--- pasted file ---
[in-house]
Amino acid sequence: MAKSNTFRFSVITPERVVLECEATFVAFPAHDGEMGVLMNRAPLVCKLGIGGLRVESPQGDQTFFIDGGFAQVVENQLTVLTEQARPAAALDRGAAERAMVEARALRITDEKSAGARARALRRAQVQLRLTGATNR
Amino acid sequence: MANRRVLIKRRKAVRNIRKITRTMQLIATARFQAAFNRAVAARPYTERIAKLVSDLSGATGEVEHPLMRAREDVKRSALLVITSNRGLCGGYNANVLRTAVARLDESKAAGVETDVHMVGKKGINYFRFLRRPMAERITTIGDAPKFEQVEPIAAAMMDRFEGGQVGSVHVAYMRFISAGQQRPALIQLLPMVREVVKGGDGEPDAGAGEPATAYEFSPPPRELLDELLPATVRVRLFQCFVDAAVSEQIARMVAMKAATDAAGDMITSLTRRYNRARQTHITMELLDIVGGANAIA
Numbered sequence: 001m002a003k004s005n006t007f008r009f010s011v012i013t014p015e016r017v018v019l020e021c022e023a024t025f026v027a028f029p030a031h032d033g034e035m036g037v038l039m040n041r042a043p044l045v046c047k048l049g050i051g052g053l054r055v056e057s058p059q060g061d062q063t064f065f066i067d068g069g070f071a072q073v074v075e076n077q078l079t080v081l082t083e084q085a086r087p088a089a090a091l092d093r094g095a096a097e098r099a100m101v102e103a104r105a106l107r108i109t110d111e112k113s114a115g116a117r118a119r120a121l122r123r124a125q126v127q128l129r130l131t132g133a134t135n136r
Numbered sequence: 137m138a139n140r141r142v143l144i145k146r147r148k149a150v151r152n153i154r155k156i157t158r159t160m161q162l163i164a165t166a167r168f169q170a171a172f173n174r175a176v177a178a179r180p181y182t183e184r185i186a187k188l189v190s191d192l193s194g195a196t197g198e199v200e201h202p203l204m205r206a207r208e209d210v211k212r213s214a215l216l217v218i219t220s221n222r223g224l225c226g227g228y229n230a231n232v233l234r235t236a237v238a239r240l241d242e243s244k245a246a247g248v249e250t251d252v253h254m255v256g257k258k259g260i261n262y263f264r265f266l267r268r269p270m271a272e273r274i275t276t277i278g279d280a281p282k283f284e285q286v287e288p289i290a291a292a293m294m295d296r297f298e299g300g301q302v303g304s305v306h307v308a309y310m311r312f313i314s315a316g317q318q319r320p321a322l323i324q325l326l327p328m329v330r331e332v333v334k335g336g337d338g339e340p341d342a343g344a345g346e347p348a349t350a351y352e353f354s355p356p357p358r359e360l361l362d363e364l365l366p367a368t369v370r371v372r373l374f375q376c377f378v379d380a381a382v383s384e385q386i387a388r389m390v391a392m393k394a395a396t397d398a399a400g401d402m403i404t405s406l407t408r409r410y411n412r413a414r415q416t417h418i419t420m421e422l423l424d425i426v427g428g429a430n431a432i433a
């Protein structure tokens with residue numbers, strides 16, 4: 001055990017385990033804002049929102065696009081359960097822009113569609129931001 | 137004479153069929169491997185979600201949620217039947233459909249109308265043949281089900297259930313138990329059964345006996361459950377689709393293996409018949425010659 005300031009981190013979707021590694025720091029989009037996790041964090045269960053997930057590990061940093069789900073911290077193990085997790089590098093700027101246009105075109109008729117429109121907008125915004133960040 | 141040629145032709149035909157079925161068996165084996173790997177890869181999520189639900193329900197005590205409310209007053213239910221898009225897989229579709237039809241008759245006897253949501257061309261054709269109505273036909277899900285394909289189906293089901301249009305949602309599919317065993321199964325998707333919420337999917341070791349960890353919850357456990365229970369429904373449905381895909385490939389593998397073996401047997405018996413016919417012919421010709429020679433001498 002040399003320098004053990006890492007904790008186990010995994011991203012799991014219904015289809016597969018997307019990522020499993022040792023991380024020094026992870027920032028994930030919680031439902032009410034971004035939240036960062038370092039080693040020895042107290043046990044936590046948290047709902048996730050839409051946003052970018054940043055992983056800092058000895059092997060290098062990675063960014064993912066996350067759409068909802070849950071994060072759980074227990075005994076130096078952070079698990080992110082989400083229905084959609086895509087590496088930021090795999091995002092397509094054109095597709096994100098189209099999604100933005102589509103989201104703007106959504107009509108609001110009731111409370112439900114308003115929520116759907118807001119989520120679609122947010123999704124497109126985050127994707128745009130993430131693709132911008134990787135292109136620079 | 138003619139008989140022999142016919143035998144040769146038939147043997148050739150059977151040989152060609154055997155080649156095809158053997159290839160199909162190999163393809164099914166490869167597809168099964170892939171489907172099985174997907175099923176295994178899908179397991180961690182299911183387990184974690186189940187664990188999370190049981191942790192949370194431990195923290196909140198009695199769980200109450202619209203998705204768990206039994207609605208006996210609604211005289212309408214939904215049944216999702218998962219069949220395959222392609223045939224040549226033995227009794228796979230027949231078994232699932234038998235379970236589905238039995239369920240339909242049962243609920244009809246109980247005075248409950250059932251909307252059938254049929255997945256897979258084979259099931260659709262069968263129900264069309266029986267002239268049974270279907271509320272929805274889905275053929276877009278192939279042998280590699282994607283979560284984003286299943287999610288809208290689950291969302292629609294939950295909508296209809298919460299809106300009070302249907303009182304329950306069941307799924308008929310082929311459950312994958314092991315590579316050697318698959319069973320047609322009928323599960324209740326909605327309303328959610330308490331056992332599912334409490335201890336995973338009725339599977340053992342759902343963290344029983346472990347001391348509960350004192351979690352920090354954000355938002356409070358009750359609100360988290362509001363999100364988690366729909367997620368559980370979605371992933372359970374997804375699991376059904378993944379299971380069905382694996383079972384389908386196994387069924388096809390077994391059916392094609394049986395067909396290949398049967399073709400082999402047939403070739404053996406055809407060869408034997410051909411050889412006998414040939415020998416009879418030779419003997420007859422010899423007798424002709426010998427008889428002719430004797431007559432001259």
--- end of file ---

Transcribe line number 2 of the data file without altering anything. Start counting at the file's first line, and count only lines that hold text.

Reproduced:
Amino acid sequence: MAKSNTFRFSVITPERVVLECEATFVAFPAHDGEMGVLMNRAPLVCKLGIGGLRVESPQGDQTFFIDGGFAQVVENQLTVLTEQARPAAALDRGAAERAMVEARALRITDEKSAGARARALRRAQVQLRLTGATNR